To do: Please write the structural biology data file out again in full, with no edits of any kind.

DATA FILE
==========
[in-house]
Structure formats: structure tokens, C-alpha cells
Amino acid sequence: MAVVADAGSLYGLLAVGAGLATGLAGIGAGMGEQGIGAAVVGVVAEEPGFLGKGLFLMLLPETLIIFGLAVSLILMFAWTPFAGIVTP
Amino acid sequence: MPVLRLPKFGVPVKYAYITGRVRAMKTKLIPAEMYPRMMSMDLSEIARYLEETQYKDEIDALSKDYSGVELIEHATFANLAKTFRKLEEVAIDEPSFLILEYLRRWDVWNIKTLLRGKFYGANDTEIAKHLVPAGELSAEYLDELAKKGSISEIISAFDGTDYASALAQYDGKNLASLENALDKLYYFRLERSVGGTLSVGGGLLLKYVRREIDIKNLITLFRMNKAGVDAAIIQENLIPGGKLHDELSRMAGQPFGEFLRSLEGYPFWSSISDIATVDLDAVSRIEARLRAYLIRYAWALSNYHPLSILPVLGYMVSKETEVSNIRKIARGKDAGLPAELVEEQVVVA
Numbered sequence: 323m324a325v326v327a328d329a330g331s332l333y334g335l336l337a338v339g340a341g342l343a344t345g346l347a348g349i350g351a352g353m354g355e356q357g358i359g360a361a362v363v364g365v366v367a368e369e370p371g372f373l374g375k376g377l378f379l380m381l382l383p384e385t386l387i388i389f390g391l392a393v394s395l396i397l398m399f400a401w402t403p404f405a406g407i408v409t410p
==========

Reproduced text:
[in-house]
Structure formats: structure tokens, C-alpha cells
Amino acid sequence: MAVVADAGSLYGLLAVGAGLATGLAGIGAGMGEQGIGAAVVGVVAEEPGFLGKGLFLMLLPETLIIFGLAVSLILMFAWTPFAGIVTP
Amino acid sequence: MPVLRLPKFGVPVKYAYITGRVRAMKTKLIPAEMYPRMMSMDLSEIARYLEETQYKDEIDALSKDYSGVELIEHATFANLAKTFRKLEEVAIDEPSFLILEYLRRWDVWNIKTLLRGKFYGANDTEIAKHLVPAGELSAEYLDELAKKGSISEIISAFDGTDYASALAQYDGKNLASLENALDKLYYFRLERSVGGTLSVGGGLLLKYVRREIDIKNLITLFRMNKAGVDAAIIQENLIPGGKLHDELSRMAGQPFGEFLRSLEGYPFWSSISDIATVDLDAVSRIEARLRAYLIRYAWALSNYHPLSILPVLGYMVSKETEVSNIRKIARGKDAGLPAELVEEQVVVA
Numbered sequence: 323m324a325v326v327a328d329a330g331s332l333y334g335l336l337a338v339g340a341g342l343a344t345g346l347a348g349i350g351a352g353m354g355e356q357g358i359g360a361a362v363v364g365v366v367a368e369e370p371g372f373l374g375k376g377l378f379l380m381l382l383p384e385t386l387i388i389f390g391l392a393v394s395l396i397l398m399f400a401w402t403p404f405a406g407i408v409t410p